Cure Alzheimer Fund; Association on Frontotemporal Dementia
Gifts:
1.
NONE
Funding for Travel or Speaker Honoraria:
1.
NONE
Editorial Boards:
1.
Brain, Annals of Neurology, Human Brain Mapping, Journal of Cognitive Neuroscience- Member of Editorial Board
Patents:
1.
NONE
Publishing Royalties:
1.
Principles of Behavioral and Cognitive Neurology, Oxford University Press
Employment, Commercial Entity:
1.
NONE
Consultancies:
1.
NONE
Speakers' Bureaus:
1.
NONE
Other Activities:
1.
NONE
Clinical Procedures or Imaging Studies:
1.
NONE
Research Support, Commercial Entities:
1.
NONE
Research Support, Government Entities:
1.
NIH- AG13854 1996-now PI NIH- DC008552 2005-now PI
Research Support, Academic Entities:
1.
NONE
Research Support, Foundations and Societies:
1.
NONE
Stock/stock Options/board of Directors Compensation:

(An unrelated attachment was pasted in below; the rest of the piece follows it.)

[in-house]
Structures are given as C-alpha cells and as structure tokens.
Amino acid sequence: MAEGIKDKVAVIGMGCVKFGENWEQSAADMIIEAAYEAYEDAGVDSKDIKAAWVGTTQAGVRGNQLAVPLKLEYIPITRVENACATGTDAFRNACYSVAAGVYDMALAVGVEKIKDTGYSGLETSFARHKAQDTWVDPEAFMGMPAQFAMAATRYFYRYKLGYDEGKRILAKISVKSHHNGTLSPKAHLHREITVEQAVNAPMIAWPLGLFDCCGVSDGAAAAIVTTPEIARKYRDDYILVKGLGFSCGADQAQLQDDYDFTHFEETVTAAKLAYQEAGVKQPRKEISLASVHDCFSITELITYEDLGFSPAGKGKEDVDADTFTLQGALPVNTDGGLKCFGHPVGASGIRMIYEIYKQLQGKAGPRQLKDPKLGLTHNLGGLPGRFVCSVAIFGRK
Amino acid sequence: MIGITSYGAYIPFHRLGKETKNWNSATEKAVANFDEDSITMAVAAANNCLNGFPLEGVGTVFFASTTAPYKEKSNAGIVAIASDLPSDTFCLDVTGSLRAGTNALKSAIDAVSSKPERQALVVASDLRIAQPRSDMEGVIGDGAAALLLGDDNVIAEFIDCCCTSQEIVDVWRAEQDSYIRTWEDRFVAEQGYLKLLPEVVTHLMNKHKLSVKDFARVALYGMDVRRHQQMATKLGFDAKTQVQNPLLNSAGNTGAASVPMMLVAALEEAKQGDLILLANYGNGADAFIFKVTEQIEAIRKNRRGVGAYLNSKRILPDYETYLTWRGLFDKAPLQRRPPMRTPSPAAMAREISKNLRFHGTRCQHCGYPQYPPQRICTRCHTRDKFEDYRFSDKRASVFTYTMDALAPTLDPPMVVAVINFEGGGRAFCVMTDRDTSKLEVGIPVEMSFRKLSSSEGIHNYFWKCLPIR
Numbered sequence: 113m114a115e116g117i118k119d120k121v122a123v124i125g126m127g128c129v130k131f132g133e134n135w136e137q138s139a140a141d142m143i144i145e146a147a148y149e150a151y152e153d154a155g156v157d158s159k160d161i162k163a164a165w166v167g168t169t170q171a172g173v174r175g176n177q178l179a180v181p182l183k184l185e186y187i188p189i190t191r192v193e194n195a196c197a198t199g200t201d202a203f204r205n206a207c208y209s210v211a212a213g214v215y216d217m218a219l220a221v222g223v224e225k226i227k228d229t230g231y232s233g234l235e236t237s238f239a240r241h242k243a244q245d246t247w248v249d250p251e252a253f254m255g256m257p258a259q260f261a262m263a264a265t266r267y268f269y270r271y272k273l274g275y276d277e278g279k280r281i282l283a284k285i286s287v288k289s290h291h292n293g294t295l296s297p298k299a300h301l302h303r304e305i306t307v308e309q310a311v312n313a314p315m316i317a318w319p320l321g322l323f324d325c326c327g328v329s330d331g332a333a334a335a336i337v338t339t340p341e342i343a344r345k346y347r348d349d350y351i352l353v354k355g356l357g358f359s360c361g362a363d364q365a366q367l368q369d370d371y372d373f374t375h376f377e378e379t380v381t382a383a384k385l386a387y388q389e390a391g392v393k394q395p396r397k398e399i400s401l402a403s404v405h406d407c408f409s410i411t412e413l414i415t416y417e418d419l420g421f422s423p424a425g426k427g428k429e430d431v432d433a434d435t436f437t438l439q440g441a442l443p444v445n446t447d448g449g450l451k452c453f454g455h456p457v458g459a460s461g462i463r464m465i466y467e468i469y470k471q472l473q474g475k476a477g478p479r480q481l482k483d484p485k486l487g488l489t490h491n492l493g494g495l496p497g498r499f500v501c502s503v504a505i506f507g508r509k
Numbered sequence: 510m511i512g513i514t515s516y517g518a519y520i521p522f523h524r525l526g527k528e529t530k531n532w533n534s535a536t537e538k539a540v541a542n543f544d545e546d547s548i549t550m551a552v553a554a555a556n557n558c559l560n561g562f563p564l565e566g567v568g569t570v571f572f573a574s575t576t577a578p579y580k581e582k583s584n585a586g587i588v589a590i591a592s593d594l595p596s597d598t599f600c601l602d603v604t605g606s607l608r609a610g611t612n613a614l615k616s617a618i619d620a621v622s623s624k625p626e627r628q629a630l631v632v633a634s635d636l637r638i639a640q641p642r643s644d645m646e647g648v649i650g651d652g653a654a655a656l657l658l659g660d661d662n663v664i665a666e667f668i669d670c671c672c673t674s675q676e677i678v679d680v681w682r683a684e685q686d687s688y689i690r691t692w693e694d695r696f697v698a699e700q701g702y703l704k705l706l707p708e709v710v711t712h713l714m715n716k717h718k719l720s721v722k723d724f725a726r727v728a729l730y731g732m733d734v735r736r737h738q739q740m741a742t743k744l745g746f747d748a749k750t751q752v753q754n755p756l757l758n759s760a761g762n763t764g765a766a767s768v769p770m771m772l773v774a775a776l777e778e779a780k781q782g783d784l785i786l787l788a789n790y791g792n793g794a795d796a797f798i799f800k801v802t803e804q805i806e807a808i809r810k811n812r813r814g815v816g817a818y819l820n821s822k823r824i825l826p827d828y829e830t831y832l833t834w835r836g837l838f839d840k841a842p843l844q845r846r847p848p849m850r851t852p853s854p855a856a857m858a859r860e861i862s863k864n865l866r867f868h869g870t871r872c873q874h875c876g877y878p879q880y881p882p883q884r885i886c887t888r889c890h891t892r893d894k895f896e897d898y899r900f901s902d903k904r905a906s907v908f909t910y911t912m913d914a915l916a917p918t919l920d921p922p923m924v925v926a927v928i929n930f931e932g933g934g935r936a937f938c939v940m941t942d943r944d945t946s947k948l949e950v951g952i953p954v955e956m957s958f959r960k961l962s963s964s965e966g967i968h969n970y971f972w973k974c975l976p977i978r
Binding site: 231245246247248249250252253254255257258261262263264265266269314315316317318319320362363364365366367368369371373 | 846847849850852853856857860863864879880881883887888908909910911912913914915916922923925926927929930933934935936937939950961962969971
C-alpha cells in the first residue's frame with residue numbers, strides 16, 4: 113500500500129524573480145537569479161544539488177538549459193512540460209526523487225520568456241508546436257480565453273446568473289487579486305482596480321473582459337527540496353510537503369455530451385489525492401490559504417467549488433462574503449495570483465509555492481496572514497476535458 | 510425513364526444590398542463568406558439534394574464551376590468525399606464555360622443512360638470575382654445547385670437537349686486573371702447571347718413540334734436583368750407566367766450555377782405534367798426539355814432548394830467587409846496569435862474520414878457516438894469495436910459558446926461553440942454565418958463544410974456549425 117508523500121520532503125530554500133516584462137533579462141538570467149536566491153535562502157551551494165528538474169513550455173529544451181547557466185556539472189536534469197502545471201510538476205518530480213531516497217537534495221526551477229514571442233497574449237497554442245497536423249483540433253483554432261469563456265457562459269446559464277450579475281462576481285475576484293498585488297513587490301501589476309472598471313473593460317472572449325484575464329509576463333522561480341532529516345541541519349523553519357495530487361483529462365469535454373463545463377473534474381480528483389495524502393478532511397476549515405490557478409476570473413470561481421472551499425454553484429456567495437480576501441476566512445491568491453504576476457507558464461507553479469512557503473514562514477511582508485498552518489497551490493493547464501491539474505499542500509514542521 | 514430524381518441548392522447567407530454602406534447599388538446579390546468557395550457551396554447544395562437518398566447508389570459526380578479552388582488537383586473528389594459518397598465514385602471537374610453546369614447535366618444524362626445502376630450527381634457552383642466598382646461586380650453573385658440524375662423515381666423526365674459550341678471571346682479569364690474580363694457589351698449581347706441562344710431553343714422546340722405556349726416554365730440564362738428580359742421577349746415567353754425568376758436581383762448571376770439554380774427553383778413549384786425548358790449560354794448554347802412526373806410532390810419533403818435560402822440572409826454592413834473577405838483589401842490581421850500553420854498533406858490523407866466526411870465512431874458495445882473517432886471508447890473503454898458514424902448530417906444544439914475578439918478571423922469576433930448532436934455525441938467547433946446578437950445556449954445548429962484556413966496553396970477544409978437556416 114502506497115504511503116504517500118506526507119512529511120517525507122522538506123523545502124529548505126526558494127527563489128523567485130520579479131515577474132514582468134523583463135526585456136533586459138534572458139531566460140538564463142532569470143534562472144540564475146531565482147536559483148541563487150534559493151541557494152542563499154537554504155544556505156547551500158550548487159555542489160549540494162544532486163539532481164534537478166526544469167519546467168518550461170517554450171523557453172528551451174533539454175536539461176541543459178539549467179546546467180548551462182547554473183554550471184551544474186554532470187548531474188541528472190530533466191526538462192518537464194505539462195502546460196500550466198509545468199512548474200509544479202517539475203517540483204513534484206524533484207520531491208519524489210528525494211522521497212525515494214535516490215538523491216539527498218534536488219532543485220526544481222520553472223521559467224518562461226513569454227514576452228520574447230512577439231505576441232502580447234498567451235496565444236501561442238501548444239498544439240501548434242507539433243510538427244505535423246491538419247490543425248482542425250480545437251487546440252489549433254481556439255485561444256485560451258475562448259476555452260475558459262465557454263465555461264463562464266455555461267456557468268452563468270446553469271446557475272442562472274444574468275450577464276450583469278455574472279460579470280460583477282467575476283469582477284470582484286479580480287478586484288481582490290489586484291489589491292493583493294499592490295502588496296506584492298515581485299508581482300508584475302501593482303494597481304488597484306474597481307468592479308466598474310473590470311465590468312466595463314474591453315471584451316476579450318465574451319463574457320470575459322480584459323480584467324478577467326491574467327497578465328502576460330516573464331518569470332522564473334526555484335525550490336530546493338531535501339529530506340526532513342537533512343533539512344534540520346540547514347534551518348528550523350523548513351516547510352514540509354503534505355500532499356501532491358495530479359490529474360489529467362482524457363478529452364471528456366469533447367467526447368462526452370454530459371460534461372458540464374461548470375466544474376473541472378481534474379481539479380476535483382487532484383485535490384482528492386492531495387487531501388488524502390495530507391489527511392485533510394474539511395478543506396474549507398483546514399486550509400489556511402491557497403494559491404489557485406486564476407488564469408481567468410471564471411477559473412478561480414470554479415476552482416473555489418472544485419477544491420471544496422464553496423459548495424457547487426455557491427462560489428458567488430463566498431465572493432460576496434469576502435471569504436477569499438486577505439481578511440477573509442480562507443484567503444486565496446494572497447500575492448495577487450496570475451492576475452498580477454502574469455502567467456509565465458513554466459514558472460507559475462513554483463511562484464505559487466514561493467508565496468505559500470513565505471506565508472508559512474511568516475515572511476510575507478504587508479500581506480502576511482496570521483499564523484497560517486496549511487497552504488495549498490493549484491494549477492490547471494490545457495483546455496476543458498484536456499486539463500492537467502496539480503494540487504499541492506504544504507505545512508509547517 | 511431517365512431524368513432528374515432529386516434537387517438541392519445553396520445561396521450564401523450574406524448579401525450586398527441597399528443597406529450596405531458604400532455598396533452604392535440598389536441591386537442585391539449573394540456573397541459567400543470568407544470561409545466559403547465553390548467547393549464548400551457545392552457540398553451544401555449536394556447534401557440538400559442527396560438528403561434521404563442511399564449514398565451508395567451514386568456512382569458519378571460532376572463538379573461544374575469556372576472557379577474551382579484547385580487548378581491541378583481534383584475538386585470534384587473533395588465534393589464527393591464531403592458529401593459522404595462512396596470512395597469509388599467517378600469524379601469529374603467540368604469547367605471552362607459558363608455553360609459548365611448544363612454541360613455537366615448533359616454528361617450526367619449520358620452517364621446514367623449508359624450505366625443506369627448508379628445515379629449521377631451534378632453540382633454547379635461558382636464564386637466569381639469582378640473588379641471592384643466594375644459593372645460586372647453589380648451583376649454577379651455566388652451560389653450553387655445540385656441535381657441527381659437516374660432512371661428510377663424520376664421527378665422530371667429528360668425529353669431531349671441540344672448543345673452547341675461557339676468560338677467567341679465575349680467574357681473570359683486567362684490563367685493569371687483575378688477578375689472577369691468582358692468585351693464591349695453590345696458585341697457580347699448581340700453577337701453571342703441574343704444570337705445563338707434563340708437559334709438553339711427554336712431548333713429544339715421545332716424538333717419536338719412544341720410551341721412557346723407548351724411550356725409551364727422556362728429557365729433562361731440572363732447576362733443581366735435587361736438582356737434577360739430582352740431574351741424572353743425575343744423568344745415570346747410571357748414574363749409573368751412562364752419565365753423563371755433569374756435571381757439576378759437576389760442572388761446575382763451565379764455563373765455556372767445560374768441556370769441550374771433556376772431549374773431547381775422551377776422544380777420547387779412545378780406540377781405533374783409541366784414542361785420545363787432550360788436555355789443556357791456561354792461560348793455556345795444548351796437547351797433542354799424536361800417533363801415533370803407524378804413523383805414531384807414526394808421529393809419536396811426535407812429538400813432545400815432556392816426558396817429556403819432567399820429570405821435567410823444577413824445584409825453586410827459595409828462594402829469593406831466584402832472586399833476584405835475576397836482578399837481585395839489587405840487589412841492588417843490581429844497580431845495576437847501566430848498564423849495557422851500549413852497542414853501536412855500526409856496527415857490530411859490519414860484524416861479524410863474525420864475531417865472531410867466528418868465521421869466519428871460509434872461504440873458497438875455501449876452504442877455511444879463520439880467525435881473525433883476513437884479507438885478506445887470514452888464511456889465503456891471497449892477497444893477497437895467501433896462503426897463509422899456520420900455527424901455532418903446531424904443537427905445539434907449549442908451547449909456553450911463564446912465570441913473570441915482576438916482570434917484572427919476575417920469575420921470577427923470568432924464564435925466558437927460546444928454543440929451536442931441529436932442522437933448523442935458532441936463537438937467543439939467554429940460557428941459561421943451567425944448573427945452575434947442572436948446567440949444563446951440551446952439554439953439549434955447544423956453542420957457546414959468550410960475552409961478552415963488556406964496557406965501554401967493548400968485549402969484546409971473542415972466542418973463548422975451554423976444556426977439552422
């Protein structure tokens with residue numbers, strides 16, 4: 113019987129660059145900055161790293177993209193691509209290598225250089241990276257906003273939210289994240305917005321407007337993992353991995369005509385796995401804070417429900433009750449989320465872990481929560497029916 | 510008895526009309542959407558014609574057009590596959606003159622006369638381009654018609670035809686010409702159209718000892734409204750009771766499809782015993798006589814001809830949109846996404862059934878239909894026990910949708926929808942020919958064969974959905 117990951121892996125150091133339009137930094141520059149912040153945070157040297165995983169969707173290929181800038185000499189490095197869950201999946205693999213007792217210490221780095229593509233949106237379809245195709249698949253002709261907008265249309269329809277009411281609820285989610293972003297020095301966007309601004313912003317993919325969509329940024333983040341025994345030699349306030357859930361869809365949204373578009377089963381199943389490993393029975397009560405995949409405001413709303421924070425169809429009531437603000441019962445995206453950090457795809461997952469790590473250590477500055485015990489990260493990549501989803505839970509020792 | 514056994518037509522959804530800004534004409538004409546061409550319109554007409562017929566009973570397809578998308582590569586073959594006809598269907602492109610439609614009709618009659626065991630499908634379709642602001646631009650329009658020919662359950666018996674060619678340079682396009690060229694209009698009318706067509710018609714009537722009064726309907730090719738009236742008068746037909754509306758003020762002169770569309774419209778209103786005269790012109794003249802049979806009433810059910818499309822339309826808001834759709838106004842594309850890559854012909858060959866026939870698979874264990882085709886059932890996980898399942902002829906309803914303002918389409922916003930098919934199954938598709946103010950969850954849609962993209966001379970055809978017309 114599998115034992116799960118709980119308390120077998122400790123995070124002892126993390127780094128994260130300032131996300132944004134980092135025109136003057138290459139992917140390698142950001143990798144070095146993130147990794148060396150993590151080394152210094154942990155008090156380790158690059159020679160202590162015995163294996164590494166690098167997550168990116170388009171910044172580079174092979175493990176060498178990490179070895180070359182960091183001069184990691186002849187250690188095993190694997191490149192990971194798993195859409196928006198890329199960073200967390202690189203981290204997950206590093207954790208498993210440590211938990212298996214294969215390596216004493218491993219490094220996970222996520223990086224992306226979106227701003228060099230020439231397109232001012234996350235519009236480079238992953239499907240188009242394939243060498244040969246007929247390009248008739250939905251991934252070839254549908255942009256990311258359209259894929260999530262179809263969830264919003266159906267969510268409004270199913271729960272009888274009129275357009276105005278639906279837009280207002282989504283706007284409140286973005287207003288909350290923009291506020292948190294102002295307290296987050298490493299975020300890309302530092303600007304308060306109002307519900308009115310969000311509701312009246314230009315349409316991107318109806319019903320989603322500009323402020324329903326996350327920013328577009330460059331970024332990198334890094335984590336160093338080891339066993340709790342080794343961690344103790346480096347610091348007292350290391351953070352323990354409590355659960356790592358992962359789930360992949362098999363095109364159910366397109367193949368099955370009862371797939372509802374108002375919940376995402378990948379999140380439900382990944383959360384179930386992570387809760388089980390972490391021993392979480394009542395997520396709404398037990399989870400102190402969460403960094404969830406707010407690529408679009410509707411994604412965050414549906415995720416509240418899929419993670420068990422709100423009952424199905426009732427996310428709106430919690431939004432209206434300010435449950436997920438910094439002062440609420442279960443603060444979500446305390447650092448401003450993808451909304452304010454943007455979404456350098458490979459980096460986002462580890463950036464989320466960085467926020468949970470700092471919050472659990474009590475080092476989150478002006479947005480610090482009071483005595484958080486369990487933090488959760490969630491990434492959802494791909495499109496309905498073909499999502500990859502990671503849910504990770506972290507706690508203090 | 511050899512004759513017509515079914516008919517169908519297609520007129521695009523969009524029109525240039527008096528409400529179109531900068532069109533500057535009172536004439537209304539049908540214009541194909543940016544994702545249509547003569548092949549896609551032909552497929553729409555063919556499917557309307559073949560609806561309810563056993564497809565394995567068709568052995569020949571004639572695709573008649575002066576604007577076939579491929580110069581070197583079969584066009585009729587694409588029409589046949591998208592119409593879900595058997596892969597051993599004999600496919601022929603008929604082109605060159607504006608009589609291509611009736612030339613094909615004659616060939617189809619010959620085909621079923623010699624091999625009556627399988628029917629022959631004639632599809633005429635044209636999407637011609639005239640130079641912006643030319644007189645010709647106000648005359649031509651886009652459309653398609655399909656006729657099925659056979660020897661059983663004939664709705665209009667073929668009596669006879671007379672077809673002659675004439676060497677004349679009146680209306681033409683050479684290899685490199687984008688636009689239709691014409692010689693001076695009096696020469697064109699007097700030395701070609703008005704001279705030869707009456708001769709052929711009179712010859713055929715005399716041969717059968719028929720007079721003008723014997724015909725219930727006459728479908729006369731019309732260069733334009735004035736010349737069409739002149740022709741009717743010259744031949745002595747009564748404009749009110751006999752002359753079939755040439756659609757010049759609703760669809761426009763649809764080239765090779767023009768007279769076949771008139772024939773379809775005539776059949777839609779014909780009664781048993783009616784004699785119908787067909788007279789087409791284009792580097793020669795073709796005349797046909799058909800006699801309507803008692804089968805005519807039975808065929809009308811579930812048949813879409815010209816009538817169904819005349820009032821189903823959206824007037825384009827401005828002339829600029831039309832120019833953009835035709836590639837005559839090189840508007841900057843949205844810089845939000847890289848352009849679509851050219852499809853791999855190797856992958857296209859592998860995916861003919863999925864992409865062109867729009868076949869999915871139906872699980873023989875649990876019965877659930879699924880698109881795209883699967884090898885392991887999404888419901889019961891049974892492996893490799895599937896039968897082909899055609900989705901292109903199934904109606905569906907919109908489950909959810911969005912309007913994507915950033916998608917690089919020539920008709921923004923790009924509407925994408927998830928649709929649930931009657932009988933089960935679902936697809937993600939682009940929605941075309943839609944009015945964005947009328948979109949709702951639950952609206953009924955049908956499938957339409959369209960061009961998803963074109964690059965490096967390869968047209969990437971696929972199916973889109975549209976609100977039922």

1.
NONE
License Fee Payments, Technology or Inventions:
1.
NONE
Royalty Payments, Technology or Inventions:
1.
NONE
Stock/stock Options, Research Sponsor:
1.
NONE
Stock/stock Options, Medical Equipment & Materials:
1.
NONE
Legal Proceedings:
1.
NONE
Michel Thiebaut de Schotten, PhD
From Natbrainlab, Department of Forensic and Neurodevelopmental Sciences (L.D., M.T.d.S., F.D., M.C.), Department of Neuroimaging (F.D.), and Sackler Institute of Translational Neurodevelopment (D.M.), Institute of Psychiatry, Psychology and Neuroscience (IoPPN), King's College London, UK; Neurology Clinic, Department of Experimental and Clinical Medical Sciences (L.D.), University of Udine Medical School; Department of Neurosciences (L.D.), “S. Maria della Misericordia” University Hospital, Udine, Italy; Cognitive Neurology and Alzheimer's Disease Center (M.M.M., C.W., A.M., D.C., E.R.) and Department of Neurology (M.M.M., A.M., D.C.), Northwestern University Feinberg School of Medicine, Chicago, IL; and Brain Connectivity and Behaviour, Brain and Spine Institute (M.T.d.S.), CNRS UMR 7225 INSERM-UPMC UMRS 1127 La Salpêtrière, Paris, France.